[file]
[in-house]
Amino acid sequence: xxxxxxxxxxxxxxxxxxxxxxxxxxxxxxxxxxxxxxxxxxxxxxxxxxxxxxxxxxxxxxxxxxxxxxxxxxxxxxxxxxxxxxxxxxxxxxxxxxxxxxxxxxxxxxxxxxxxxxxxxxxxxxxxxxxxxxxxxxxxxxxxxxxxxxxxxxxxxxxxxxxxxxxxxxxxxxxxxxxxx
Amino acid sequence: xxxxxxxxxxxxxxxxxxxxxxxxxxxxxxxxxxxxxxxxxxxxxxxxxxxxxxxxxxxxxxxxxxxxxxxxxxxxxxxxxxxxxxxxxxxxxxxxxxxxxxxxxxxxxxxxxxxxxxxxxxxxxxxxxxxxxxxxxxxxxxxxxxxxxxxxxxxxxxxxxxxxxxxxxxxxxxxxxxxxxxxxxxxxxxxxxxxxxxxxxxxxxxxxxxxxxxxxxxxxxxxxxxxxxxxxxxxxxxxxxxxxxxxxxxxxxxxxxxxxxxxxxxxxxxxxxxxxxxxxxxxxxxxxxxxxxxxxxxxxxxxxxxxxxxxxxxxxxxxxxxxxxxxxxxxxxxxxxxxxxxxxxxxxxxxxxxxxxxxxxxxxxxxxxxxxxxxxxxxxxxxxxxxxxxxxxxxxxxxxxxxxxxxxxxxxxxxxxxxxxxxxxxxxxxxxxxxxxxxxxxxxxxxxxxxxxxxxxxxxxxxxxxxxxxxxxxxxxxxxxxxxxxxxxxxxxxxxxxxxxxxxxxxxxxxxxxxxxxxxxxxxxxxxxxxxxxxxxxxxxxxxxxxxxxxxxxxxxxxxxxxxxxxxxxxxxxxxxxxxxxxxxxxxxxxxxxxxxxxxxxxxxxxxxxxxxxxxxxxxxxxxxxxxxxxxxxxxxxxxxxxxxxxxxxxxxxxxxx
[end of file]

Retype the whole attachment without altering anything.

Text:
[in-house]
Amino acid sequence: xxxxxxxxxxxxxxxxxxxxxxxxxxxxxxxxxxxxxxxxxxxxxxxxxxxxxxxxxxxxxxxxxxxxxxxxxxxxxxxxxxxxxxxxxxxxxxxxxxxxxxxxxxxxxxxxxxxxxxxxxxxxxxxxxxxxxxxxxxxxxxxxxxxxxxxxxxxxxxxxxxxxxxxxxxxxxxxxxxxxx
Amino acid sequence: xxxxxxxxxxxxxxxxxxxxxxxxxxxxxxxxxxxxxxxxxxxxxxxxxxxxxxxxxxxxxxxxxxxxxxxxxxxxxxxxxxxxxxxxxxxxxxxxxxxxxxxxxxxxxxxxxxxxxxxxxxxxxxxxxxxxxxxxxxxxxxxxxxxxxxxxxxxxxxxxxxxxxxxxxxxxxxxxxxxxxxxxxxxxxxxxxxxxxxxxxxxxxxxxxxxxxxxxxxxxxxxxxxxxxxxxxxxxxxxxxxxxxxxxxxxxxxxxxxxxxxxxxxxxxxxxxxxxxxxxxxxxxxxxxxxxxxxxxxxxxxxxxxxxxxxxxxxxxxxxxxxxxxxxxxxxxxxxxxxxxxxxxxxxxxxxxxxxxxxxxxxxxxxxxxxxxxxxxxxxxxxxxxxxxxxxxxxxxxxxxxxxxxxxxxxxxxxxxxxxxxxxxxxxxxxxxxxxxxxxxxxxxxxxxxxxxxxxxxxxxxxxxxxxxxxxxxxxxxxxxxxxxxxxxxxxxxxxxxxxxxxxxxxxxxxxxxxxxxxxxxxxxxxxxxxxxxxxxxxxxxxxxxxxxxxxxxxxxxxxxxxxxxxxxxxxxxxxxxxxxxxxxxxxxxxxxxxxxxxxxxxxxxxxxxxxxxxxxxxxxxxxxxxxxxxxxxxxxxxxxxxxxxxxxxxxxxxxxx